A few brief notes on each symphony. The Symphony No.1 is as lively a performance as any I can remember, it positively whips along. It is not actually much quicker than anyone else so it must be to do with Janowski's rhythmic vitality. It is all very refreshing. The Symphony No.2 is much criticised and did cause the composer much agony. The experts will tell you he never really got it right. Janowski moves events along and it does not outstay its welcome. The Scherzo of the Symphony No.3 is crisp and incisive, strings and trumpets are vigorous and exciting to hear. Overall this is a vital performance with wind solos in particular making their presence felt. The horns are lovely at the start of the Symphony No.4 though not as resounding as the Pittsburgh orchestra in their recent triumphant issue. The string playing in the slow movement is gorgeous: Janowski seems particularly fond of the string lines here, the trio being served up with the utmost delicacy. There is a lot of rubato in the finale but to my ears it aids the flow of the music such that the end managed to sound both grand and relaxed at the same time - a superb performance.
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The Symphony No.5 is given a balanced and consistent performance, everything Janowski does seems completely acceptable with well chosen tempi in a work that can tax the listener, as well as the players! The OSR are a very even orchestra, strings, wind and brass cohere most convincingly. The wind impressed me repeatedly during my epic listening sessions to this set, they are characterful and force one to listen closely to what they are playing. The coda of this difficult symphony has splendid inevitability. Number 6 has a particularly good slow movement at a very broad tempo but the finale is surely too fast, it positively rushes along and the steadiness that characterises Janowski's conducting elsewhere seems to desert him. The tempi are not only too fast, they are unstable. Alone amongst these performances this is not of the finest, go to Karajan or Klemperer to hear what this work is all about. The Symphony No.7 has a long drawn opening of great beauty. The strings seem to play the counterpoint like a series of haloes around the lyrical line - lovely! There is a tendency to speed up at climaxes but it is not excessive. The broadening of the first movement coda is handled to impressive effect. There are cymbals in the slow movement. The contrast between the scherzo and trio may be a little too much, the trio sounding like a mini slow movement at the centre. All is well in the finale which has a grand ending. The Symphony No.8 proceeds much as it usually does, somewhat faster than Karajan but not by much. The Adagio and Finale are particularly excellent with careful attention to detail without disturbing the massive cumulative effect of these two startling movements. The coda leaves one in no doubt that a case can be made for this being Bruckner's and maybe the 19th century's greatest symphony. Number 9 caused me some doubts. It has a deliberate opening, sounding, as it should, like the start of an epic. Janowski does increase his tempi with the dynamics, a tendency he exhibits elsewhere but rarely disruptively. This movement does achieve more impact in the hands of other conductors. It was hard to hear just what caused this but I suspect the slight 'lilt' he gives to the rhythm makes it sound a bit too relaxed. Furtwängler has always been 'the man' for this fearful first movement. Bruckner comes close to a loss of faith and the music is anything but relaxed. The scherzo is a bit too Mendelssohnian for me, again Furtwängler's demoniac approach is more suitable. The performance of the slow movement seems to get less tense as it goes. It is certainly lyrical and solemn but it lacks tension. It comes over as too easy. The characteristics displayed earlier are all here, the detailing and the well defined woodwind lines are still present. The dissonant final outburst is much more intense than what leads up to it and indeed what follows. That said the very end is intensely beautiful and rounds off a fairly impressive performance.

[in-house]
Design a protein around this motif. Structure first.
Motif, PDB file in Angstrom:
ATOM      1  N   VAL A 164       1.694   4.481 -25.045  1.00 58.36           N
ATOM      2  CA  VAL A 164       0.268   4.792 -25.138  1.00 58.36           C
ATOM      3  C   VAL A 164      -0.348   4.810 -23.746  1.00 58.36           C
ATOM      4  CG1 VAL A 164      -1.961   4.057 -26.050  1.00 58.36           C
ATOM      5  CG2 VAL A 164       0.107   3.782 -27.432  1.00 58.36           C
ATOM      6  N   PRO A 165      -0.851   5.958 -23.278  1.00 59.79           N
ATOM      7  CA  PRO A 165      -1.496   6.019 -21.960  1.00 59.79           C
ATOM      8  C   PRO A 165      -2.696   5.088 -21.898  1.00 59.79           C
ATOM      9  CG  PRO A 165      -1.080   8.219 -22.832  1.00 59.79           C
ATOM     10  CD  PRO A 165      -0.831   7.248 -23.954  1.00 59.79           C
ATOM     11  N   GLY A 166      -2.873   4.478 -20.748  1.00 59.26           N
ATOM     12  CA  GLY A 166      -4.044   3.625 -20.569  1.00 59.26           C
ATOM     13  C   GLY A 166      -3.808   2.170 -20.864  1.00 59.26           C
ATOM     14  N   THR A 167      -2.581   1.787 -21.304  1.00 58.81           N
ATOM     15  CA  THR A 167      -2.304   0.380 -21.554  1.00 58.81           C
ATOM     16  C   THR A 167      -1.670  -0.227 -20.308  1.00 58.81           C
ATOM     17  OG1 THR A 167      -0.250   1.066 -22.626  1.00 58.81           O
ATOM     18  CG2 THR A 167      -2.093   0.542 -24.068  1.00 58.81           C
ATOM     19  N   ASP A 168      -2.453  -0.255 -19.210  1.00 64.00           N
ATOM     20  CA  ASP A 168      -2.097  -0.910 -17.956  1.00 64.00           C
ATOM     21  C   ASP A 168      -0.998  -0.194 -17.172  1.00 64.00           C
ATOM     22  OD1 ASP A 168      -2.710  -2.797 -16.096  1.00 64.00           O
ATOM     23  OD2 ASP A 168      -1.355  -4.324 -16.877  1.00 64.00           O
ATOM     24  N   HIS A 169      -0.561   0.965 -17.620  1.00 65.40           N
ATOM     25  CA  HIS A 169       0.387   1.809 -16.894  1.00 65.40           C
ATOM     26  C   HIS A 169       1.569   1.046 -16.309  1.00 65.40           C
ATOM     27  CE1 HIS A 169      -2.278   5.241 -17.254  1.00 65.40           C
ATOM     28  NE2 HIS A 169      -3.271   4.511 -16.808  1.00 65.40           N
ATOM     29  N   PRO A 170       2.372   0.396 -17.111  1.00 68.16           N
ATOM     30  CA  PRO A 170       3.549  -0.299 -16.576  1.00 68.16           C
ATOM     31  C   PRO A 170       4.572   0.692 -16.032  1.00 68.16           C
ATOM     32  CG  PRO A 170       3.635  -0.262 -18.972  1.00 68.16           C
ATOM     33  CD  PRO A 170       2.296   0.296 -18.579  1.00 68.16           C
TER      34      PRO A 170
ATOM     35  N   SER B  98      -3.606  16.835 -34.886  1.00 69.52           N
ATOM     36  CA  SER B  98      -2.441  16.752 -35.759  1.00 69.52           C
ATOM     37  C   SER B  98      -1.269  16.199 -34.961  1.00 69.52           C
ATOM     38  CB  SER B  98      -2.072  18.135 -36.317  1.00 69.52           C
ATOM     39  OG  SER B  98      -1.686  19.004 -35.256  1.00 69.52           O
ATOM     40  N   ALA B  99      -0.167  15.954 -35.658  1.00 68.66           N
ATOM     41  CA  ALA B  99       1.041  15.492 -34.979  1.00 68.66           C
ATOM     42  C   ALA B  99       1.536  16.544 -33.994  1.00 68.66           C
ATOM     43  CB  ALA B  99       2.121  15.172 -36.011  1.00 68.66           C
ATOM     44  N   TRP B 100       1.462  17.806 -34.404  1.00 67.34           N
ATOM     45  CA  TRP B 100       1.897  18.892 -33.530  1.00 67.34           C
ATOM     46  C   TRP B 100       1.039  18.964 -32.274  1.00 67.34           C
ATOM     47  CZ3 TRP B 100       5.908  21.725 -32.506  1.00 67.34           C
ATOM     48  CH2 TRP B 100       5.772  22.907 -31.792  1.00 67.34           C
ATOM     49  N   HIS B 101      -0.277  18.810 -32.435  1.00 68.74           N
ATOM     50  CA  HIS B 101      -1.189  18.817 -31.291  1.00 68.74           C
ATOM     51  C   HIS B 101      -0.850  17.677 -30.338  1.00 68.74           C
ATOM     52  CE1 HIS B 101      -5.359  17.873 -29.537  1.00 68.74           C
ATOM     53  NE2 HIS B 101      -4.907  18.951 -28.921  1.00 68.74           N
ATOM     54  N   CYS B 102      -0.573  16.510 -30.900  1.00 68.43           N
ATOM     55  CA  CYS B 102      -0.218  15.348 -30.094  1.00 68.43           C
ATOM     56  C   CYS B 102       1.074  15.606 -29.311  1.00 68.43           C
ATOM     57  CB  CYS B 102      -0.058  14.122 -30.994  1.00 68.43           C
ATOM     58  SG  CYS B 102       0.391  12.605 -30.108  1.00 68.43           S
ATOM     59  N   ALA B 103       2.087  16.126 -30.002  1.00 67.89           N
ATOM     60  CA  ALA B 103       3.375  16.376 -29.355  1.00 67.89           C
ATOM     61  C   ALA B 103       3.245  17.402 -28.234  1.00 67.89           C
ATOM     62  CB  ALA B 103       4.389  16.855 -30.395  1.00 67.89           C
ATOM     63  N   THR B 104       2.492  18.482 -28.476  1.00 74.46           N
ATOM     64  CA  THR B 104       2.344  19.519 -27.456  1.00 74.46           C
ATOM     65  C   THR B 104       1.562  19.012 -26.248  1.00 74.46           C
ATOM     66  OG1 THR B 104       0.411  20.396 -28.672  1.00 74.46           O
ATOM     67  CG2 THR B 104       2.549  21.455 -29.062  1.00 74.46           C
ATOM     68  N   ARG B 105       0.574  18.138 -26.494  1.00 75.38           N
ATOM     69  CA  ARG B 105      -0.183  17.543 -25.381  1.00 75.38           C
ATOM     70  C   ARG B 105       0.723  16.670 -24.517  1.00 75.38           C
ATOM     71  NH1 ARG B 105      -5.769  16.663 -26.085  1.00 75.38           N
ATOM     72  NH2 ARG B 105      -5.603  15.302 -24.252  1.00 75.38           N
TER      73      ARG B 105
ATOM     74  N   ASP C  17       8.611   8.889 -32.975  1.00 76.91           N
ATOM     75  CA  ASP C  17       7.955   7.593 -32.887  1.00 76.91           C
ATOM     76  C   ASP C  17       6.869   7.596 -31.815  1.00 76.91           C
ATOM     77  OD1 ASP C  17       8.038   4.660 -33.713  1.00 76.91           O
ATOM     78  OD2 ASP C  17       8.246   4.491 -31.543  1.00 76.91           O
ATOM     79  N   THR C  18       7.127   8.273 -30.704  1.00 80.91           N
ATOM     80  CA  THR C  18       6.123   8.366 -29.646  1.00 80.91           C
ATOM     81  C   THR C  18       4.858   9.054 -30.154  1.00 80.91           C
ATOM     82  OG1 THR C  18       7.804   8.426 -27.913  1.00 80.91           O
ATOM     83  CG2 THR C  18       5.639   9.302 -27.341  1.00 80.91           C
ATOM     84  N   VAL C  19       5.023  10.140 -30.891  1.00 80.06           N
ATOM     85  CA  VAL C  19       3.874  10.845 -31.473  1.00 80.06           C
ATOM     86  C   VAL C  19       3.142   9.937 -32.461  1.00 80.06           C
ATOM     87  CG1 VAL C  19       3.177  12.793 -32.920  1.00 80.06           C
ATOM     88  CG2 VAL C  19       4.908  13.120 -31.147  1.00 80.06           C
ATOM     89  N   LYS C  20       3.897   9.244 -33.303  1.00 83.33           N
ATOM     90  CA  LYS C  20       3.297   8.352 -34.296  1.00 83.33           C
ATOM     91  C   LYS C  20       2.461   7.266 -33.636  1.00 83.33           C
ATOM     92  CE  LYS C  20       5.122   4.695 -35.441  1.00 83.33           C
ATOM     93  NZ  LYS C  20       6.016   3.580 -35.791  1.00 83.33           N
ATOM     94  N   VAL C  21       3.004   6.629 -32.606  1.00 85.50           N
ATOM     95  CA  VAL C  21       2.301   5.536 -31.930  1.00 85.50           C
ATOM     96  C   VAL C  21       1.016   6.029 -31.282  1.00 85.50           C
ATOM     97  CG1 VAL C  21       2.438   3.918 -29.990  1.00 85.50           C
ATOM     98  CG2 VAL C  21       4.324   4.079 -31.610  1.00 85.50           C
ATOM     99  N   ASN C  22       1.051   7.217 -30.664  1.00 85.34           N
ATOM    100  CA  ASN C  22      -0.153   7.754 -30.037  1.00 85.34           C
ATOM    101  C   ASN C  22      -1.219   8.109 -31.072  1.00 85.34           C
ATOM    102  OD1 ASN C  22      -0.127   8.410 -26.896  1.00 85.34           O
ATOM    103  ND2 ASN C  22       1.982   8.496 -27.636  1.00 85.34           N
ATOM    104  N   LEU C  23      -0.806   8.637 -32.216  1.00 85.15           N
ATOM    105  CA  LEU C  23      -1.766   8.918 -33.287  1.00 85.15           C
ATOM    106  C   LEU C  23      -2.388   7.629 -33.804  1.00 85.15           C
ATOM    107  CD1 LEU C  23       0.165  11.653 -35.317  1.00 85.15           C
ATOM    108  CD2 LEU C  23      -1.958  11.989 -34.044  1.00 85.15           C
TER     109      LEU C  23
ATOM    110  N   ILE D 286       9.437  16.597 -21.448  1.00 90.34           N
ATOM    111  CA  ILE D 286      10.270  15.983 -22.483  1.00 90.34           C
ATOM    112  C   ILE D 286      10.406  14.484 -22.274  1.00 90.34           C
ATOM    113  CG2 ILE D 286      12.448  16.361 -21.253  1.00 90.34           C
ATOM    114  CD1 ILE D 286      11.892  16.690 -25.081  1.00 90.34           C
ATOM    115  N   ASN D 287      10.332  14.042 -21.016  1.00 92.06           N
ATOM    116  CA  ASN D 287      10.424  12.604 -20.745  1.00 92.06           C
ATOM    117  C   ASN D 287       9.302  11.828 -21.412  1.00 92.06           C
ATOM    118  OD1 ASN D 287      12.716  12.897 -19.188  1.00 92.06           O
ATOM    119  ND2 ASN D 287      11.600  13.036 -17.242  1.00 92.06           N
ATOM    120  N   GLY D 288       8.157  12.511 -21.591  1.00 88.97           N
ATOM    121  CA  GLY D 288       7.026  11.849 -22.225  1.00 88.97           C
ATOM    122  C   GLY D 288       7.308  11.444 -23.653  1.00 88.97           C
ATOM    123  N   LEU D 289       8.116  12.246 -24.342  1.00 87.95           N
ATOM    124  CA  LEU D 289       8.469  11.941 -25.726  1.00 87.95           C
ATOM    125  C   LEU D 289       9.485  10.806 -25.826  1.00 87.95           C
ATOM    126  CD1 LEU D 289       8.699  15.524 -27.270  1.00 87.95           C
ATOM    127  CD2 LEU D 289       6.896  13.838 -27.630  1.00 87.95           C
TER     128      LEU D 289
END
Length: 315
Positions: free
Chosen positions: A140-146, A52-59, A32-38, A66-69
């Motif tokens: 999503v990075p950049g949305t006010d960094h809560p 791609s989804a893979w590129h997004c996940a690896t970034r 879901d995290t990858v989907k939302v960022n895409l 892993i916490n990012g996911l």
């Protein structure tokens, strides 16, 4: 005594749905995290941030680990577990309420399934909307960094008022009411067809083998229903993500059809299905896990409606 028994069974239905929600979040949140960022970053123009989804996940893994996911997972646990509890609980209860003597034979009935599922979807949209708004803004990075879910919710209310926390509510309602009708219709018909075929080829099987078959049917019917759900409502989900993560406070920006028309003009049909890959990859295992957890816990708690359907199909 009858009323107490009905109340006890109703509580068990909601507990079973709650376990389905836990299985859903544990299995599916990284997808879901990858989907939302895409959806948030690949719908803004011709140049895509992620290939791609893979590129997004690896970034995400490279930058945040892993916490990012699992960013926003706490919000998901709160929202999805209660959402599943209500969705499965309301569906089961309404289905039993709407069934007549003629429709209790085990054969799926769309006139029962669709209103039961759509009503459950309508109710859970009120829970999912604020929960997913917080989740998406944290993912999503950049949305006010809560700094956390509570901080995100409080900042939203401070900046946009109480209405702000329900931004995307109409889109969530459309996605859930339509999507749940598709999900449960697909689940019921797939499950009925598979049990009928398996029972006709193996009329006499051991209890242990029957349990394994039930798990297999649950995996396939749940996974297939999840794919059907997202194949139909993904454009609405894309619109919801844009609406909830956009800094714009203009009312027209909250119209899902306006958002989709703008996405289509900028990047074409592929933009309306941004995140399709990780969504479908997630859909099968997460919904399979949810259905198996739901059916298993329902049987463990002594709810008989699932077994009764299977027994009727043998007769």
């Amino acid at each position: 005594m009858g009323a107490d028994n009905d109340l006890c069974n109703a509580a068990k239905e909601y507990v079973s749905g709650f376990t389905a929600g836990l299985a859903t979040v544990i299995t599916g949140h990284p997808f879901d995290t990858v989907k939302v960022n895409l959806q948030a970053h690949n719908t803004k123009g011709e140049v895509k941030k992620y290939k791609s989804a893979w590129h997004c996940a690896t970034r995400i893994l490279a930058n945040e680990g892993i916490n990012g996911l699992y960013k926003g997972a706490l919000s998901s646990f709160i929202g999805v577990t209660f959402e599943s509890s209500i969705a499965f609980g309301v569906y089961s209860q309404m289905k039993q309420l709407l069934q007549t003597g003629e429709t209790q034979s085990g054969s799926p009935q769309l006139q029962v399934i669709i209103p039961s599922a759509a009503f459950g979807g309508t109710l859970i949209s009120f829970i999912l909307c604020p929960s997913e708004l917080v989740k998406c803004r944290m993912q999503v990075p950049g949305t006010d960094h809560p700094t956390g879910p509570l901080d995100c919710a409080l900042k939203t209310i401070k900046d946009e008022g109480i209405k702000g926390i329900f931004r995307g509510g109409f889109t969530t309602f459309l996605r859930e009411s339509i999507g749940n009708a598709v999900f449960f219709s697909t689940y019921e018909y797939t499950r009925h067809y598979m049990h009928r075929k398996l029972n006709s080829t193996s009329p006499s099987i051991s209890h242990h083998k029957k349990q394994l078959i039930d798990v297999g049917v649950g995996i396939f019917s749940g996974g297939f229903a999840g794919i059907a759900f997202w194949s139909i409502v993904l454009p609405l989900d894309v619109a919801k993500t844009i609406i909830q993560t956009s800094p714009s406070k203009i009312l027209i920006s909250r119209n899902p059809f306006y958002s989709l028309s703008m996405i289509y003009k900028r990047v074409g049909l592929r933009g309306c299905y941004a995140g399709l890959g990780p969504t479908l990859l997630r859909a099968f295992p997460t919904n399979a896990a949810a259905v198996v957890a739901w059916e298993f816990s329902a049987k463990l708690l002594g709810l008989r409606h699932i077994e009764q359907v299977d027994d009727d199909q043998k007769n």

Finally the Mass in F minor. Robert Simpson suggests that with the exception of the E minor Mass, Bruckner's mass settings are in the classical tradition of Haydn, Mozart, Beethoven and Schubert, in contrast to his symphonies which are altogether more original. This mass dates from around the period of the 1st and 2nd Symphonies, and he quotes part of it in the 2nd. The opening Kyrie is solemn and very beautiful. There is no sense of the theatrical; this is all deeply religious in sentiment, the music of supplication, not of display. The Gloria, with splendidly rich singing from the Berlin Radio Choir is still somewhat restrained but helped by Janowski's crisp rhythms. The Credo contains a lovely violin solo from the leader. The Crucifixus is awestruck music, not so much sad as just stunned. For the et resurrexit Bruckner composes a typically radiant climax and at this point the music is very characteristic of the symphonist. The Benedictus is quite gorgeous with lyrical lines of great beauty, it is hardly surprising he wanted to reuse some of this material in the 2nd Symphony. In the classical tradition this might be, but it is a supremely impressive contribution to the genre.